Where the Presidential Palace is now, there was still at the beginning of 19th century a salt storehouse. J.H. Heidenstrauch, at that time one of the elite of the town's merchants, purchased the entire lot and erected there a stately residence designed by architect Pehr Granstedt.
Pickaxe and builder's trowel turned the old salt storehouse into an unexpectedly fine creation. The beam ceiling above the row of columns in the middle section had framed settings, and everything was so well proportioned that the house with its two wings more resembled a palace than anything else. In 1837 it actually became one when the construction committee purchased it for the price of 170 000 roubles for official use.
The necessary rebuilding and furnishing work was directed by architect C.L. Engel, creator of the neoclassical Helsinki. All the timber storehouses behind were torn down and a new wing added. This wing, built along the north of the courtyard, contained on the second floor the chapel (the present library), ball room, banquet hall in direct connection with the earlier reception floor of the main building, as well as a tremendous kitchen with the necessary pantries and sculleries on the bottom floor. For three years the best craftsmen in town worked on the palace, with quite good effect.
The Palace was completed in 1845, though repairs had to be made from time to time as mostly it stood empty and was not regularly heated. It was visited for the first time by a members of the imperial family as late as 1851. The visitor was the young heir apparent Alexander Nikolayevitsh (later Czar Alexander II). During Alexander II's reign the Palace had its most brilliant time. The Czar visited the city three times (1856, 1863, and 1876), staying on each occasion at the Palace.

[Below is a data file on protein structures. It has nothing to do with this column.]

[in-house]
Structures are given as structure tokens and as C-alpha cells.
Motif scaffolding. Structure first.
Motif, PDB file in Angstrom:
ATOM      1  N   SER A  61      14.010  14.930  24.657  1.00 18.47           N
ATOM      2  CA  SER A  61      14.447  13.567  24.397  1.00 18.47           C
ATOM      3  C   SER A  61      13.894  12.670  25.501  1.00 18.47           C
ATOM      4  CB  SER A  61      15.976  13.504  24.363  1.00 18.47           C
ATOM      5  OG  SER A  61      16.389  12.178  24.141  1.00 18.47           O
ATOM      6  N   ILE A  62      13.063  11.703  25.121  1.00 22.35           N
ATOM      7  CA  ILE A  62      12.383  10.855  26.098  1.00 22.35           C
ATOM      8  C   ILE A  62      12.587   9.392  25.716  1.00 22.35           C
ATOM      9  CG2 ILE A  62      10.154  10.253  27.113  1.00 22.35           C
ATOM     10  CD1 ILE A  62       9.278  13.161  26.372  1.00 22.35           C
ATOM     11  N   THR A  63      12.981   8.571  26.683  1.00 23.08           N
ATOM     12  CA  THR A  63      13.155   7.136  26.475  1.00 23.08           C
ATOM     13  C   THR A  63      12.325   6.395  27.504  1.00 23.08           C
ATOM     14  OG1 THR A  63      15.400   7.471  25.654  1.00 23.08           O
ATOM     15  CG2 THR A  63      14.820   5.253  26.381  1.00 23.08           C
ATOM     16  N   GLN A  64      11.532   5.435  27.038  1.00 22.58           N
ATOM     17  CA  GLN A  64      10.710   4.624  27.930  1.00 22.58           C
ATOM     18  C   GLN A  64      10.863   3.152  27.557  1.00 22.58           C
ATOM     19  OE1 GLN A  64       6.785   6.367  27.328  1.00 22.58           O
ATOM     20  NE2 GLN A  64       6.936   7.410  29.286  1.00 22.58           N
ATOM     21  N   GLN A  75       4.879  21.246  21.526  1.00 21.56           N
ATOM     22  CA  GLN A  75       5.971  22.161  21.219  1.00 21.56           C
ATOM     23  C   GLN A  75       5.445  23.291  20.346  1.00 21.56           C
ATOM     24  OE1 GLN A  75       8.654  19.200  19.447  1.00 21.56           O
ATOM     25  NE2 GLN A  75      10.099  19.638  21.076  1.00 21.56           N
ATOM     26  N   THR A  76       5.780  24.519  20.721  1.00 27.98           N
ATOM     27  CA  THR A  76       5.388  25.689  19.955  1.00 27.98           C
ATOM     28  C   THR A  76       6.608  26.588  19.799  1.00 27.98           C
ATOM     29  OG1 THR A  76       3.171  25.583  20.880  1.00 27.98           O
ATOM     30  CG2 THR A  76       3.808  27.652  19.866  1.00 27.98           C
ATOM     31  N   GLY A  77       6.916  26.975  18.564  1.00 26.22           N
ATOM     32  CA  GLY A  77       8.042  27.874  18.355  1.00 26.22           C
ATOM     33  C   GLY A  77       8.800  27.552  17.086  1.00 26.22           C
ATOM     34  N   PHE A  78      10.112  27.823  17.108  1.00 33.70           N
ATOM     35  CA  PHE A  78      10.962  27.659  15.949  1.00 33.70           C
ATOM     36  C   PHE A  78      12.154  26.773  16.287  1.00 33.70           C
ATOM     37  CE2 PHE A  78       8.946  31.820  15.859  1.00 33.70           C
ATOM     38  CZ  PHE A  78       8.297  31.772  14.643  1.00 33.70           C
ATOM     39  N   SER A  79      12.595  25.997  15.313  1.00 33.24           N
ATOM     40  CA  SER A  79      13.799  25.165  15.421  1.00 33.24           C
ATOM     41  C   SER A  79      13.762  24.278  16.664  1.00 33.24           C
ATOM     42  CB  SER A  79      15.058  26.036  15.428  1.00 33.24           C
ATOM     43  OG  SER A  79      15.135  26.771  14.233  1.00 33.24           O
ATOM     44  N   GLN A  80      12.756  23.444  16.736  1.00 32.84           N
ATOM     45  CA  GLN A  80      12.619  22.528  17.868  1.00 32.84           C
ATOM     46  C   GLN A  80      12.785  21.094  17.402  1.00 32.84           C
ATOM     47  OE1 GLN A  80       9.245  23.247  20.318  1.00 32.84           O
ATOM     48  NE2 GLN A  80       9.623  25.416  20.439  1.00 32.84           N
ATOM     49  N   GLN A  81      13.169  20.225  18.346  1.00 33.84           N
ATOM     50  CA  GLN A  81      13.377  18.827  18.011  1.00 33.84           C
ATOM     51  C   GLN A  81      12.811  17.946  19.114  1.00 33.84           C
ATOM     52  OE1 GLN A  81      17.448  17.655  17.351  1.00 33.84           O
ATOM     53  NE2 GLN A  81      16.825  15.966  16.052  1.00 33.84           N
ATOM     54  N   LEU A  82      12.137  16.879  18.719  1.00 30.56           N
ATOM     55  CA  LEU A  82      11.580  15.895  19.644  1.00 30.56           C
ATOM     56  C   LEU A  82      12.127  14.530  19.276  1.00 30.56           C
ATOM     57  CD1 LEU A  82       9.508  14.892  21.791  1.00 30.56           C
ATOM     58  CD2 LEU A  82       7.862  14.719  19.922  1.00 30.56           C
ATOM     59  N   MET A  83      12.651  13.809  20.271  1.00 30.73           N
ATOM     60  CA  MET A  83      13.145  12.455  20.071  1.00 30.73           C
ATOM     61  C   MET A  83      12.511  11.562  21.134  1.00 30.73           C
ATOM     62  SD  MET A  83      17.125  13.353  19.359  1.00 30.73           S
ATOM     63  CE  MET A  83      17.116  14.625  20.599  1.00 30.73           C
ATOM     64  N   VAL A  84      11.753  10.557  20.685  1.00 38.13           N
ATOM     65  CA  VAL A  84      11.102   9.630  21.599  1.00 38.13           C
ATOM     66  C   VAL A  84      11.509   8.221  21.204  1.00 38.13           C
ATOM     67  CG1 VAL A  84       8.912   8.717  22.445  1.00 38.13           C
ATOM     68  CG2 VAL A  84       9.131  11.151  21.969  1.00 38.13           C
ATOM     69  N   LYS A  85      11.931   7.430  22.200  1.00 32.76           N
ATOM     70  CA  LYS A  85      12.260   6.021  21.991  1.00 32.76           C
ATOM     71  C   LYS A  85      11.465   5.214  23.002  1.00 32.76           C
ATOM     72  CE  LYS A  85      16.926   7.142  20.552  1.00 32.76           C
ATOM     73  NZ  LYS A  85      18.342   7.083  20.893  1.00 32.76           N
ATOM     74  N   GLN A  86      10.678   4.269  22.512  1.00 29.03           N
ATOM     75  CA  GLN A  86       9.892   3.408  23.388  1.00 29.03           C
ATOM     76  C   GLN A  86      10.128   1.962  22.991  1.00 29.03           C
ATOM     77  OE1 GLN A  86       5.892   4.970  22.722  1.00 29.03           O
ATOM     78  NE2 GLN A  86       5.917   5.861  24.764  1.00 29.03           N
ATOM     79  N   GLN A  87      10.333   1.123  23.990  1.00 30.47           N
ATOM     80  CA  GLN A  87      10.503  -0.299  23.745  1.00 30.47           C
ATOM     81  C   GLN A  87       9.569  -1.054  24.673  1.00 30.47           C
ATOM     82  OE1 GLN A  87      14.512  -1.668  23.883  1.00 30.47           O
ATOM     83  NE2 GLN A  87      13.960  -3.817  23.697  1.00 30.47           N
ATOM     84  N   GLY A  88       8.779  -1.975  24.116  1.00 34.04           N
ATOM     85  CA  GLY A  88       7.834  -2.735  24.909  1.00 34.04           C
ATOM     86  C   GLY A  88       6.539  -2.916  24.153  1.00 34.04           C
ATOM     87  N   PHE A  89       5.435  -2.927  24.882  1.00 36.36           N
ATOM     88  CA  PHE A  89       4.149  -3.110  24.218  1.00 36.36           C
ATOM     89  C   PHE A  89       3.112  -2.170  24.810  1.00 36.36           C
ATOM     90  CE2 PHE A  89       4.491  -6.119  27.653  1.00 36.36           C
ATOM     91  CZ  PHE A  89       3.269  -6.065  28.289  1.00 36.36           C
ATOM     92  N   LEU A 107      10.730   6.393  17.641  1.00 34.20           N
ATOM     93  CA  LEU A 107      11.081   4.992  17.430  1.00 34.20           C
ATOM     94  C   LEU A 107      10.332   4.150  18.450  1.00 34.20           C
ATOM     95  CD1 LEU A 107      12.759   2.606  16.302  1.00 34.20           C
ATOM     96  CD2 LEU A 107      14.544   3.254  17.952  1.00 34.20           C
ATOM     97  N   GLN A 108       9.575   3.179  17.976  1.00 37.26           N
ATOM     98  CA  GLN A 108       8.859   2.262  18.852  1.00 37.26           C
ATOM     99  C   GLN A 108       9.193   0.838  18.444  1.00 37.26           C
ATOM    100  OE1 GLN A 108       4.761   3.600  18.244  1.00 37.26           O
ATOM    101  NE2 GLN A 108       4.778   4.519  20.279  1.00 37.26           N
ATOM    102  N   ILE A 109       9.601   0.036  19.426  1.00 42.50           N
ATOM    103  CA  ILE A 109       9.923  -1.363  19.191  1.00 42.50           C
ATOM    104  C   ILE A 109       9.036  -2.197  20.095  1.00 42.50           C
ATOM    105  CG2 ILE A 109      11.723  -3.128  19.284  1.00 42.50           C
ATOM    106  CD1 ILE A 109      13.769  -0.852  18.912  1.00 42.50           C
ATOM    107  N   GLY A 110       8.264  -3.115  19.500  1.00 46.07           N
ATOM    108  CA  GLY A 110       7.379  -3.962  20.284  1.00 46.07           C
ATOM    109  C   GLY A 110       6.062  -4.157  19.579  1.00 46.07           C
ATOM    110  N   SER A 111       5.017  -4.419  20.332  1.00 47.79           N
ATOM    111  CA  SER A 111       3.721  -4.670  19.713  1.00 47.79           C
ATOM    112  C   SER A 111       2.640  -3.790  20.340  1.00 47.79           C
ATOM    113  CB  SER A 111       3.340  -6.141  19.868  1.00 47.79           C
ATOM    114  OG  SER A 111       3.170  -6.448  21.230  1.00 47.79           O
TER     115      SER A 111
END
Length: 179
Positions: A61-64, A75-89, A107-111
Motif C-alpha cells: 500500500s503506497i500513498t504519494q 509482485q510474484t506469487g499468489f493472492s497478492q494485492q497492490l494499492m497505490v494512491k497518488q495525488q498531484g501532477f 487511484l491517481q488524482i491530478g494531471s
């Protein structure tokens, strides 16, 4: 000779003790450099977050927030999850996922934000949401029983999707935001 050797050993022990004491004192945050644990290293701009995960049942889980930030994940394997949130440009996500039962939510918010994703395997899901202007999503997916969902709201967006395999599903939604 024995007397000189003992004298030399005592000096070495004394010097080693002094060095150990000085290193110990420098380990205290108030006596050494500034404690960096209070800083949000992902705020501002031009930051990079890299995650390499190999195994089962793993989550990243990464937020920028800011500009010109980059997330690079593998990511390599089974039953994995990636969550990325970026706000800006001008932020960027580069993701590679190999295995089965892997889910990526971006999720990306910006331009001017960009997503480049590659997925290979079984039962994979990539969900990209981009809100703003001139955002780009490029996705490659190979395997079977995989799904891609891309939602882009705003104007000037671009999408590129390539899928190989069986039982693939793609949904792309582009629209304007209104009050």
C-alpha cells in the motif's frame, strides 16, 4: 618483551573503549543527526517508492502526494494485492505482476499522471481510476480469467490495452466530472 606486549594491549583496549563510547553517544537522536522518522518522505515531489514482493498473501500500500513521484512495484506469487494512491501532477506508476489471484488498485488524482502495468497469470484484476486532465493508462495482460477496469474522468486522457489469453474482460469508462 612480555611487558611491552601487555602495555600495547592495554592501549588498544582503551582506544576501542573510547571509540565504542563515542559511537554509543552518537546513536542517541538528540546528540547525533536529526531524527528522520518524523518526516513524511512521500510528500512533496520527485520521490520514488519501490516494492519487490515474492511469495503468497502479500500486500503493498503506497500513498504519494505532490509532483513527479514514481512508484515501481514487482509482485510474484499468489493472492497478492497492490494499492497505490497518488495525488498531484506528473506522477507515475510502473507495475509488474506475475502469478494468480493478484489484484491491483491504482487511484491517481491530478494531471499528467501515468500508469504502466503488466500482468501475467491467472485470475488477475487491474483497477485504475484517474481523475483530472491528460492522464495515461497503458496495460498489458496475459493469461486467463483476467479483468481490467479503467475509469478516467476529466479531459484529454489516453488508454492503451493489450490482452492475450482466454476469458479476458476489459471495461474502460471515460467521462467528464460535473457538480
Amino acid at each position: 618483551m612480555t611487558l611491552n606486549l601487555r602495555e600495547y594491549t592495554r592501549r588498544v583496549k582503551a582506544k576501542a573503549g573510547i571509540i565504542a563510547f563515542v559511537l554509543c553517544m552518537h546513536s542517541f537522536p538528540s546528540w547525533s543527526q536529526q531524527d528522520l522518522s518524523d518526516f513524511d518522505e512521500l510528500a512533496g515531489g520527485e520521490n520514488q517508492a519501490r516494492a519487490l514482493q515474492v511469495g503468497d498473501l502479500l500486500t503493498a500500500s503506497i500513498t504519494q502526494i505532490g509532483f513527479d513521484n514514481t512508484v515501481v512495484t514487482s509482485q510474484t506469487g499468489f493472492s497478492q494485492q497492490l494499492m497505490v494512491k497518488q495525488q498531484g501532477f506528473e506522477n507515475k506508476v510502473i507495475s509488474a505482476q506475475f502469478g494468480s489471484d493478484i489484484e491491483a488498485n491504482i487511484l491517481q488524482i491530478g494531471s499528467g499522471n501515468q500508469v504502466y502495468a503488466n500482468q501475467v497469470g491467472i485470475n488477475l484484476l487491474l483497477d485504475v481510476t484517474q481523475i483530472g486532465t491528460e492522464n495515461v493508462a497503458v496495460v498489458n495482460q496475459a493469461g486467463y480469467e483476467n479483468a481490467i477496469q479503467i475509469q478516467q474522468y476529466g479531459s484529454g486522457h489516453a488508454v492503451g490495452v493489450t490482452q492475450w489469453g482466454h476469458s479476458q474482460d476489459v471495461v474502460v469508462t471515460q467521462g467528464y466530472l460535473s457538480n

1863 is a memorable year in the history of the building. The Finnish Parliament was to be opened by the Czar in the Great Ballroom. The Ballroom was accordingly converted into a throne-room, with the imperial throne in the background.
With Alexander II's death came the end for ever of imperial festivities in the Palace. The iron gates were kept closed. The house was certainly well kept: as late as 1905 a reception suite was added to it by Jac. Ahrenberg. This included the large state reception room with the beautiful front hall where "Psyche and Zephyr" by Walter Runeberg, was placed - the statue had been purchased for the art collections of the Palace in anticipation of the Czar's visit in 1876 - and a reception vestibule facing Mariankatu Street.
Under the aggravated political conditions of World War I the residence was converted into the Military Hospital of the Finnish Senate. In 1917-18 the revolutionary council of the soldiers and workers stayed in the house, and during the very first years of Finland's independence one of the upper floors served as the Ministry for Foreign Affairs.
In regard to the practical application of the country's new constitution it was clear that the most suitable residence for the President was in the former imperial palace. Complete repairs were made at speed, the furnishings and art collections were supplemented. One year's work left all the rooms ready for use again. Since then, both everyday and ceremonial life move in an already established rhythm in the notable house in the North Esplanade.
It contains the Office of the President of the Republic and the premises used by the President for official functions and receptions. These include the annual Independence Day (6 December) reception and various other high-level festive functions, in addition to meetings and consultations. The Palace has nearly 3,000 square metres of floor space.